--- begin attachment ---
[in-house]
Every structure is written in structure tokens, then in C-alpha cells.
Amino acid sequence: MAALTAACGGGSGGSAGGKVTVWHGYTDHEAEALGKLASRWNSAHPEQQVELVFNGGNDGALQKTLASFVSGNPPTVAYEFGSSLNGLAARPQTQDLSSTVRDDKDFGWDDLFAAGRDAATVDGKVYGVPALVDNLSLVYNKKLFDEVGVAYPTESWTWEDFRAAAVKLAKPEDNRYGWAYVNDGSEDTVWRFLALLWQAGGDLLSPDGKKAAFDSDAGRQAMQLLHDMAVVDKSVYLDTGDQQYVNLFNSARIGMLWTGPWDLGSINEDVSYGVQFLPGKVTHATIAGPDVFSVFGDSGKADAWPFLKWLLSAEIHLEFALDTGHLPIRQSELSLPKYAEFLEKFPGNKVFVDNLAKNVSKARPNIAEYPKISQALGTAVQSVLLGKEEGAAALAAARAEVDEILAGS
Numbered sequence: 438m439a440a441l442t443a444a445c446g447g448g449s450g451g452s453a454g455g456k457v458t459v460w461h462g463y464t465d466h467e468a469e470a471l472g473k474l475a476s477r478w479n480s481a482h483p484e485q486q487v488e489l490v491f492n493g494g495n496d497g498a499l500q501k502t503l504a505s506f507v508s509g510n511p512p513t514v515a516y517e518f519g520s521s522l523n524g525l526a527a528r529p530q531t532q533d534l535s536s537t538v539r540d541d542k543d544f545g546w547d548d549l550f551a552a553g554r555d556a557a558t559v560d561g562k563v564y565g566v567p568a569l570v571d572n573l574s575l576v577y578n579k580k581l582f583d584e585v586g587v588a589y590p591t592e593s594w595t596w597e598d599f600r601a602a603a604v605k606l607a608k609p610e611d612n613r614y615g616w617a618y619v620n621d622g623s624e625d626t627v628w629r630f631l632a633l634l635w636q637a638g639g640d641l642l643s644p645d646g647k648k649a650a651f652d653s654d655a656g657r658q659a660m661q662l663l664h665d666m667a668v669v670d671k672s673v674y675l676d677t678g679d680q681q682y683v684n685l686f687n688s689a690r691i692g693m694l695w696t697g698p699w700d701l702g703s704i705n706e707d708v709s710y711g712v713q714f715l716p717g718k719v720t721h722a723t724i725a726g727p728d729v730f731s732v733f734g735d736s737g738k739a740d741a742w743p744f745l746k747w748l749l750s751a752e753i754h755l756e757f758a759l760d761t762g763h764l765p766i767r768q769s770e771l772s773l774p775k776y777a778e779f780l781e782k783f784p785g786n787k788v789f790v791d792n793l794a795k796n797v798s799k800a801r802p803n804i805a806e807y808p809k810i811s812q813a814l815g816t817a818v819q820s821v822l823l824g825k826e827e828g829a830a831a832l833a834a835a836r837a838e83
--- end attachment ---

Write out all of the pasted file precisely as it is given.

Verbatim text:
[in-house]
Every structure is written in structure tokens, then in C-alpha cells.
Amino acid sequence: MAALTAACGGGSGGSAGGKVTVWHGYTDHEAEALGKLASRWNSAHPEQQVELVFNGGNDGALQKTLASFVSGNPPTVAYEFGSSLNGLAARPQTQDLSSTVRDDKDFGWDDLFAAGRDAATVDGKVYGVPALVDNLSLVYNKKLFDEVGVAYPTESWTWEDFRAAAVKLAKPEDNRYGWAYVNDGSEDTVWRFLALLWQAGGDLLSPDGKKAAFDSDAGRQAMQLLHDMAVVDKSVYLDTGDQQYVNLFNSARIGMLWTGPWDLGSINEDVSYGVQFLPGKVTHATIAGPDVFSVFGDSGKADAWPFLKWLLSAEIHLEFALDTGHLPIRQSELSLPKYAEFLEKFPGNKVFVDNLAKNVSKARPNIAEYPKISQALGTAVQSVLLGKEEGAAALAAARAEVDEILAGS
Numbered sequence: 438m439a440a441l442t443a444a445c446g447g448g449s450g451g452s453a454g455g456k457v458t459v460w461h462g463y464t465d466h467e468a469e470a471l472g473k474l475a476s477r478w479n480s481a482h483p484e485q486q487v488e489l490v491f492n493g494g495n496d497g498a499l500q501k502t503l504a505s506f507v508s509g510n511p512p513t514v515a516y517e518f519g520s521s522l523n524g525l526a527a528r529p530q531t532q533d534l535s536s537t538v539r540d541d542k543d544f545g546w547d548d549l550f551a552a553g554r555d556a557a558t559v560d561g562k563v564y565g566v567p568a569l570v571d572n573l574s575l576v577y578n579k580k581l582f583d584e585v586g587v588a589y590p591t592e593s594w595t596w597e598d599f600r601a602a603a604v605k606l607a608k609p610e611d612n613r614y615g616w617a618y619v620n621d622g623s624e625d626t627v628w629r630f631l632a633l634l635w636q637a638g639g640d641l642l643s644p645d646g647k648k649a650a651f652d653s654d655a656g657r658q659a660m661q662l663l664h665d666m667a668v669v670d671k672s673v674y675l676d677t678g679d680q681q682y683v684n685l686f687n688s689a690r691i692g693m694l695w696t697g698p699w700d701l702g703s704i705n706e707d708v709s710y711g712v713q714f715l716p717g718k719v720t721h722a723t724i725a726g727p728d729v730f731s732v733f734g735d736s737g738k739a740d741a742w743p744f745l746k747w748l749l750s751a752e753i754h755l756e757f758a759l760d761t762g763h764l765p766i767r768q769s770e771l772s773l774p775k776y777a778e779f780l781e782k783f784p785g786n787k788v789f790v791d792n793l794a795k796n797v798s799k800a801r802p803n804i805a806e807y808p809k810i811s812q813a814l815g816t817a818v819q820s821v822l823l824g825k826e827e828g829a830a831a832l833a834a835a836r837a838e83